Neal D. Dharmadhikari, MD1, Breton Roussel, MD1, Daniel Piascik, MHS, PA-C2, Alyn L. Adrain, MD3
1Brown University, Providence, RI; 2Gastroenterology Associates, Inc., Providence, RI; 3Warren Alpert Medical School of Brown University, Providence, RI
Introduction: Cholecystoduodenal fistulas are rare communications between the gallbladder and duodenum. Though they are most often formed as a complication of cholelithiasis, duodenal ulcers are a less common etiology of bilioenteric fistulas. This case report shows this rare finding diagnosed with direct visualization by endoscopy.
Case Description/Methods: A 75-year-old man with a medical history of atrial fibrillation, remote alcohol abuse, and diabetes presented with anemia. On presentation, his blood pressure was 92/45 and other vital signs were stable. A rectal examination revealed hematochezia and melena. His workup revealed a hemoglobin of 5.6 g/dl, BUN 64 mg/dl, and creatinine 3.76 mg/dl. He was appropriately resuscitated with blood transfusions. An endoscopy showed esophagitis and a non-bleeding cratered duodenal ulcer with pigmented material in the first part of the duodenum. This ulcer appeared to have several fistulous openings into another structure with bridges of tissue in between. A CT and an MRCP confirmed a duodenal ulcer with cholecystoduodenal fistula. He was treated conservatively with proton pump inhibitors (PPI) and had planned outpatient follow-up with surgery and gastroenterology.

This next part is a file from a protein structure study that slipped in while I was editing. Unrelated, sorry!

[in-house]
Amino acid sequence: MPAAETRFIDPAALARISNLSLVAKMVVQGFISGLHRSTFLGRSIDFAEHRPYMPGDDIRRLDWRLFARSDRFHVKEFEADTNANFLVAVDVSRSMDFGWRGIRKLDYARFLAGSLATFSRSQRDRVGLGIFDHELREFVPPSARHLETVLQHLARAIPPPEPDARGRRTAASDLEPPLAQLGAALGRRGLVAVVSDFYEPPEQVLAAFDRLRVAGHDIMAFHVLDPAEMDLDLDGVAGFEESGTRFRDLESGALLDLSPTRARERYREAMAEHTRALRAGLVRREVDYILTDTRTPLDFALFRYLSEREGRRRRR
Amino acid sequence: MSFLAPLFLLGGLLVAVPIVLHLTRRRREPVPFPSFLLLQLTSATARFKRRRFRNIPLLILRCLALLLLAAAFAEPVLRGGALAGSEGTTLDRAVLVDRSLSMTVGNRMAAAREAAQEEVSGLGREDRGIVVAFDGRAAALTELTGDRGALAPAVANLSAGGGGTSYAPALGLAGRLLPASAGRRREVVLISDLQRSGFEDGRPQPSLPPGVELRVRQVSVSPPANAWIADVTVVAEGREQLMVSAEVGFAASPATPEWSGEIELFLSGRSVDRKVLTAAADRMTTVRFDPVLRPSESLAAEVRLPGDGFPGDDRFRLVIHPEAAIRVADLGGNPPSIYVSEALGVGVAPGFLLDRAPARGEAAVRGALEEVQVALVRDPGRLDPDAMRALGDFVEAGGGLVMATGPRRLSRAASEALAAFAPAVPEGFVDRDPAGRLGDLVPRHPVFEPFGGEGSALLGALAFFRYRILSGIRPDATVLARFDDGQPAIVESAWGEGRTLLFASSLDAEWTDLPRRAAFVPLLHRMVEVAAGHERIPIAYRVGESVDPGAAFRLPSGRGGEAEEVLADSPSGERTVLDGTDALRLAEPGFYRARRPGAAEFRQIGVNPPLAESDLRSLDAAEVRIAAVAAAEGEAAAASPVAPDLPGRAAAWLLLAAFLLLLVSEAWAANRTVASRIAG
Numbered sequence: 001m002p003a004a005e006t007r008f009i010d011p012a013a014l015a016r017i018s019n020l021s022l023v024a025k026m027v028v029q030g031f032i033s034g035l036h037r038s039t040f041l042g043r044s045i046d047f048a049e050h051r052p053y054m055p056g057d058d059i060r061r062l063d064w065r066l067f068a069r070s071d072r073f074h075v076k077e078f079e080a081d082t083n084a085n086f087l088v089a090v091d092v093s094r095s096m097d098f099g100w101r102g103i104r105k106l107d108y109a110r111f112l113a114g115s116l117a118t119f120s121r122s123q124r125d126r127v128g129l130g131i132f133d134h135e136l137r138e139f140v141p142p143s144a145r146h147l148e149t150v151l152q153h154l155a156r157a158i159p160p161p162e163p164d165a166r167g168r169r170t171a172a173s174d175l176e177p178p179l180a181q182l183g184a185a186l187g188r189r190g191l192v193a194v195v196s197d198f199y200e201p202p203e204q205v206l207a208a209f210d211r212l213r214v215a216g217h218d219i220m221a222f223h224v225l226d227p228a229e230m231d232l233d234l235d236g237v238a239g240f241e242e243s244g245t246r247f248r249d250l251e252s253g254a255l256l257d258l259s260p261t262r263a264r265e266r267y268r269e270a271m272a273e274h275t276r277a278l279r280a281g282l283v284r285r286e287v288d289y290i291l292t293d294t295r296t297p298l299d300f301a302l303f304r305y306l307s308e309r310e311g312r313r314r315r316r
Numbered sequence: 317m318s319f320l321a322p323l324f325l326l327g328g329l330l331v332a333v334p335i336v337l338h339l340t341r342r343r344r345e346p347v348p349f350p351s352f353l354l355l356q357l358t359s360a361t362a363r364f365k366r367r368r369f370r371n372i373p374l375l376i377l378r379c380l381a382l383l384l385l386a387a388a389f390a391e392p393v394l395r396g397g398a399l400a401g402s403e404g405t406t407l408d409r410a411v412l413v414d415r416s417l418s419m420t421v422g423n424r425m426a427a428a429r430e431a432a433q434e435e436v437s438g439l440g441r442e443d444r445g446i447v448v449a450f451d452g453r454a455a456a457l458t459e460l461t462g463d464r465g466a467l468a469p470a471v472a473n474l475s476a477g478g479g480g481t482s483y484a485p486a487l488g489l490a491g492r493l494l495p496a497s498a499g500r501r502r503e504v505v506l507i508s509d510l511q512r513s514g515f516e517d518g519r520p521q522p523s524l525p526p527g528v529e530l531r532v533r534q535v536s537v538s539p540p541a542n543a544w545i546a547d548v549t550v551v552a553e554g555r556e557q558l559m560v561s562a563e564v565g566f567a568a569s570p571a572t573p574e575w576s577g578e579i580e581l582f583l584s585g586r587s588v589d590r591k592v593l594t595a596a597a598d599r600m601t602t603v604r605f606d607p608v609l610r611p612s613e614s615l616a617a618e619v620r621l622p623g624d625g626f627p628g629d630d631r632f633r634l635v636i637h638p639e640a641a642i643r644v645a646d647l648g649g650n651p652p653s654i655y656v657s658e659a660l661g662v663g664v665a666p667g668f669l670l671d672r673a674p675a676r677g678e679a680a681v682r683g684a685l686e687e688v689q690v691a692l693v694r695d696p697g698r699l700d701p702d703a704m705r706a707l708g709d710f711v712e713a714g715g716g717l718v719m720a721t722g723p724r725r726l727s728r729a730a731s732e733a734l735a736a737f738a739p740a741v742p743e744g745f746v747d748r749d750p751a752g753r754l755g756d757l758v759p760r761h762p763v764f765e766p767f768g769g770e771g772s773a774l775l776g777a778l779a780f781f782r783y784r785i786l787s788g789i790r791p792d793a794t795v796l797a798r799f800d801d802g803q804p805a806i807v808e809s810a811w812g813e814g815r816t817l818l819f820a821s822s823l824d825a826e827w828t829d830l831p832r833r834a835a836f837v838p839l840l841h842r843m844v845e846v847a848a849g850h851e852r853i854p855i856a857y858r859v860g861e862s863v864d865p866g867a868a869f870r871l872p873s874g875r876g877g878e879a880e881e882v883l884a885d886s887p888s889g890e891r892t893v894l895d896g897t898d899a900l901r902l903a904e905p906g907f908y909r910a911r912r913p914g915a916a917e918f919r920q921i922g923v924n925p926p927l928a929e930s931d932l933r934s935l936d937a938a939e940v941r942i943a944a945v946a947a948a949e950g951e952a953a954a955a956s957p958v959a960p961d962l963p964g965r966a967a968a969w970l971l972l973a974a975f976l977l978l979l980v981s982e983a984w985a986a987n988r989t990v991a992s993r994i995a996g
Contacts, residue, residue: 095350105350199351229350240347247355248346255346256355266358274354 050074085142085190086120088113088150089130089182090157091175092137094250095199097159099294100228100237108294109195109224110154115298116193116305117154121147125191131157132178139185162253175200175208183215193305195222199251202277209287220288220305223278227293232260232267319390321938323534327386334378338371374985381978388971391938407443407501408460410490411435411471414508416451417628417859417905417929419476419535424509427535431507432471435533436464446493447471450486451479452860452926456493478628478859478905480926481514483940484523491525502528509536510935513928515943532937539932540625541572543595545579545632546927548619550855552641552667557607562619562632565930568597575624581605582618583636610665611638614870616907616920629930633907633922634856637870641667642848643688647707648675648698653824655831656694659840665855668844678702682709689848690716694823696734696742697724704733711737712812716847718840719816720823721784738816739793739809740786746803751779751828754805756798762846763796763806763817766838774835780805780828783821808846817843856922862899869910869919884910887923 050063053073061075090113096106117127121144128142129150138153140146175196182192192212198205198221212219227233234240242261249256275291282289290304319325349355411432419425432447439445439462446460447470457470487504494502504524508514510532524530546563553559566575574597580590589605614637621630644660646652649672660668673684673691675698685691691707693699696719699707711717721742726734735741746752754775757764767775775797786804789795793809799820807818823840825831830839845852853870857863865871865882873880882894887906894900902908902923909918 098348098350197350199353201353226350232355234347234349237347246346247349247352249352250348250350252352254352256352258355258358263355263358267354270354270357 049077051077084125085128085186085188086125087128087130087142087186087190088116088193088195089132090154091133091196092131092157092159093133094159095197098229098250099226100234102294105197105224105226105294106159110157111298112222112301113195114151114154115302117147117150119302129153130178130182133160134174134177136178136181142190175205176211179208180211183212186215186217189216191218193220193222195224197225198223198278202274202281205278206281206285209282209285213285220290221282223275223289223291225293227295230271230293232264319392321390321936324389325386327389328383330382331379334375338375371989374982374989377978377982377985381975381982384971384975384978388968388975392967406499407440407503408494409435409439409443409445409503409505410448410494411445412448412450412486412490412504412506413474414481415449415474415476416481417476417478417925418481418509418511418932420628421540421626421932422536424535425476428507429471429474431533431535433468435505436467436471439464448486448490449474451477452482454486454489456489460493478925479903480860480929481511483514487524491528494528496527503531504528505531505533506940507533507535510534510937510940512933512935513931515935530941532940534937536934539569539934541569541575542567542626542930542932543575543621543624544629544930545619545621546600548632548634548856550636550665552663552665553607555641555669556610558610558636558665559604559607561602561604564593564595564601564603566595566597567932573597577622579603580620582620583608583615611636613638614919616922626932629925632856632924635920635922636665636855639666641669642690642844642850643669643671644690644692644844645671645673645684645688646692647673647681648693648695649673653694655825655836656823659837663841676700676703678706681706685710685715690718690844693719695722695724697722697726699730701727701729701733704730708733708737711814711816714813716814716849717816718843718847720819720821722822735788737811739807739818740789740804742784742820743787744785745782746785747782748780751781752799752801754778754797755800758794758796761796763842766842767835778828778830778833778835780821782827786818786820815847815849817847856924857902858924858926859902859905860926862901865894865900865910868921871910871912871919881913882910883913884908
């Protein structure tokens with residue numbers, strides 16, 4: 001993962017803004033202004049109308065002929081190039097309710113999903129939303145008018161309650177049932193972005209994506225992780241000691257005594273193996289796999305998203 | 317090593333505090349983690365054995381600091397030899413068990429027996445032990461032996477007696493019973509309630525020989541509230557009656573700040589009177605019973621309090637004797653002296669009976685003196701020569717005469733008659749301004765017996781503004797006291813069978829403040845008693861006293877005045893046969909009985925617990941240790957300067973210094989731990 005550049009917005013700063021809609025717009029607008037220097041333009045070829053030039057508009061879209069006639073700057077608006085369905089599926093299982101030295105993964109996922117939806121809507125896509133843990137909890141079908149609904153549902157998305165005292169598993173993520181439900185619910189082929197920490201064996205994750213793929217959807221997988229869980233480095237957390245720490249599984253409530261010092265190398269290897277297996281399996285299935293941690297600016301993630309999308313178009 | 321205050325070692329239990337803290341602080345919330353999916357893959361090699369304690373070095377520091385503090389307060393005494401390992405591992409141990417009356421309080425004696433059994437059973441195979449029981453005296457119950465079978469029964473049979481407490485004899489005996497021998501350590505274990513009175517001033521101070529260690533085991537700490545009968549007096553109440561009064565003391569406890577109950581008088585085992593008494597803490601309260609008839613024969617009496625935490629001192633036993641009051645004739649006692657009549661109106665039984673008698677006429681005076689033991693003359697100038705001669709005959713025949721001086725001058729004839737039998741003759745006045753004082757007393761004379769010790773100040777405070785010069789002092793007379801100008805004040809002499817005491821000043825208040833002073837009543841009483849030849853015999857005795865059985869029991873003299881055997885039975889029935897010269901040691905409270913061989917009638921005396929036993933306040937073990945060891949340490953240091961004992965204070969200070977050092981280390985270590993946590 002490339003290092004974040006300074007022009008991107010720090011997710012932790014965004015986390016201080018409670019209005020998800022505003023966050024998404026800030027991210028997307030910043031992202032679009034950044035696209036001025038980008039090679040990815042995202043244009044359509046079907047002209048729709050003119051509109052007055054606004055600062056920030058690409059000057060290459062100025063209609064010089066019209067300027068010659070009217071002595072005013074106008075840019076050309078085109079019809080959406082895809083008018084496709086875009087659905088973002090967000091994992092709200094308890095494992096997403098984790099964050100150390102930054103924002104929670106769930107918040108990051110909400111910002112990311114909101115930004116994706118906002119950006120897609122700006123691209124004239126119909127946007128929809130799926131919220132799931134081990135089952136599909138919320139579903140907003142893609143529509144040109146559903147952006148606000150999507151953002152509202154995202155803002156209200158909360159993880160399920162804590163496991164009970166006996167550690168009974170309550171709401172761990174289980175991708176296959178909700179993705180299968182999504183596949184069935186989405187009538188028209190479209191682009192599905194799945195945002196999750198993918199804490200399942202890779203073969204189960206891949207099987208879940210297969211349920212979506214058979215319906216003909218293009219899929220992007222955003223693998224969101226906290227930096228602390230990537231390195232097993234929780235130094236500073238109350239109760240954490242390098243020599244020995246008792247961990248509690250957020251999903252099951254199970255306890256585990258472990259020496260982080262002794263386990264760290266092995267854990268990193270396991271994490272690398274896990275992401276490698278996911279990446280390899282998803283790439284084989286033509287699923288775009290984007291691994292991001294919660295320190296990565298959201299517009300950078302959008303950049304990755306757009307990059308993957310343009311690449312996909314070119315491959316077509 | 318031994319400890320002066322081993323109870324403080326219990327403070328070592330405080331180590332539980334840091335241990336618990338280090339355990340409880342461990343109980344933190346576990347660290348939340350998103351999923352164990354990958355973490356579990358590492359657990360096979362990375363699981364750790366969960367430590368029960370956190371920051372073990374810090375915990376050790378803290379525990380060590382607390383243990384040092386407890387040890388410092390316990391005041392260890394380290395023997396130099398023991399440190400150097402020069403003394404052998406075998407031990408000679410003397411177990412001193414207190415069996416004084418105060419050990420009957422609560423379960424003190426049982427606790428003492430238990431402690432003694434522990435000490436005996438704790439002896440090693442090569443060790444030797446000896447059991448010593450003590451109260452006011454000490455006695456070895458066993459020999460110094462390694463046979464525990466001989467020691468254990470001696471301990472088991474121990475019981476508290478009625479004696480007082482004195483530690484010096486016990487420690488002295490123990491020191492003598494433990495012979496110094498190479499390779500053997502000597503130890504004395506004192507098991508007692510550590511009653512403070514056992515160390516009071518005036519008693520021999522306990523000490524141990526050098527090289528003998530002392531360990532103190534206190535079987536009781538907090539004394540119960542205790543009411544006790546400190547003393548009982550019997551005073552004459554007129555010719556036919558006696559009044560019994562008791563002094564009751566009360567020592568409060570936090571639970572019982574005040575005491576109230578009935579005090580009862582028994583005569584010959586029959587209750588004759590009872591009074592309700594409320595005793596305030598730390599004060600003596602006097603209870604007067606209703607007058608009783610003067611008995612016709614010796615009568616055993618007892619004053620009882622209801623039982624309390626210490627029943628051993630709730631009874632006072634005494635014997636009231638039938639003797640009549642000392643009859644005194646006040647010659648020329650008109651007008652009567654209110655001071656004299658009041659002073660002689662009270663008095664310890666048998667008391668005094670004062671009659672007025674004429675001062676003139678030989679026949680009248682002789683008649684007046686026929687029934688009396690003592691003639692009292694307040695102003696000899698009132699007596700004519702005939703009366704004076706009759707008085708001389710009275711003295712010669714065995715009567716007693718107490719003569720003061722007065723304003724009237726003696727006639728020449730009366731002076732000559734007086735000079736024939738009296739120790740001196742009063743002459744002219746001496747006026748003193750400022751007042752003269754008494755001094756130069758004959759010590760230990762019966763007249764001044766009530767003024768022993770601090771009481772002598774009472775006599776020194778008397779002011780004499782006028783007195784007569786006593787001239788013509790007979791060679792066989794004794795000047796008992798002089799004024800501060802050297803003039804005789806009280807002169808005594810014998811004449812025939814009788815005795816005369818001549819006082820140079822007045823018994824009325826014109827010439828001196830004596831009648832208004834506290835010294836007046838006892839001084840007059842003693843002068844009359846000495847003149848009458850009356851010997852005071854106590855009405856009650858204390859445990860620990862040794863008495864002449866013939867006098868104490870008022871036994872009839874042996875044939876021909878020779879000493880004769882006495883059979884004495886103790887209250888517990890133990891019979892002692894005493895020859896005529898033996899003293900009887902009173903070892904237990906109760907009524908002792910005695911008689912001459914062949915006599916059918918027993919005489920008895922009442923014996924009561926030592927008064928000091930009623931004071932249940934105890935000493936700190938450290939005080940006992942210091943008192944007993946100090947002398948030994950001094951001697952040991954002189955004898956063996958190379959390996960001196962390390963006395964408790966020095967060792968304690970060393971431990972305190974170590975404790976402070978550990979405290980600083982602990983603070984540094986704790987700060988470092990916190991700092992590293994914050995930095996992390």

Discussion: Endoscopy is the diagnostic gold standard for peptic ulcer disease (PUD) and is indicated in patients presenting with anemia and clinical evidence of gastrointestinal bleed. Cholecystoduodenal fistulas are an extremely rare complication of PUD. Unlike this case, most bilioenteric fistulas form as a consequence of gallbladder pathology, such as complications of cholecystitis or cholelithiasis, rather than PUD. Furthermore, this case is unusual in that bilioenteric fistulas are most often diagnosed by imaging rather than endoscopic visualization. This patient likely had chronic PUD that caused perforation and the eventual formation of the fistula. Uncomplicated cholecystoduodenal fistulas are often asymptomatic which can make them difficult to diagnose. Conservative management with PPIs is the preferred treatment for PUD-related bilioenteric fistulas and this patient was ultimately discharged on PPI therapy with outpatient follow up. This case highlights a unique endoscopic finding of a cholecystoduodenal fistula in a patient who presented without any complaints and found to have anemia and PUD. In addition, it supports PPIs as a conservative treatment for bilioenteric fistulas secondary to PUD.
Citation: Neal D. Dharmadhikari, MD; Breton Roussel, MD; Daniel Piascik, MHS, PA-C; Alyn L. Adrain, MD. P0041 - CHRONIC PEPTIC ULCER DISEASE RESULTING IN CHOLECYSTODUODENAL FISTULA. Program No. P0041. ACG 2019 Annual Scientific Meeting Abstracts. San Antonio, Texas: American College of Gastroenterology.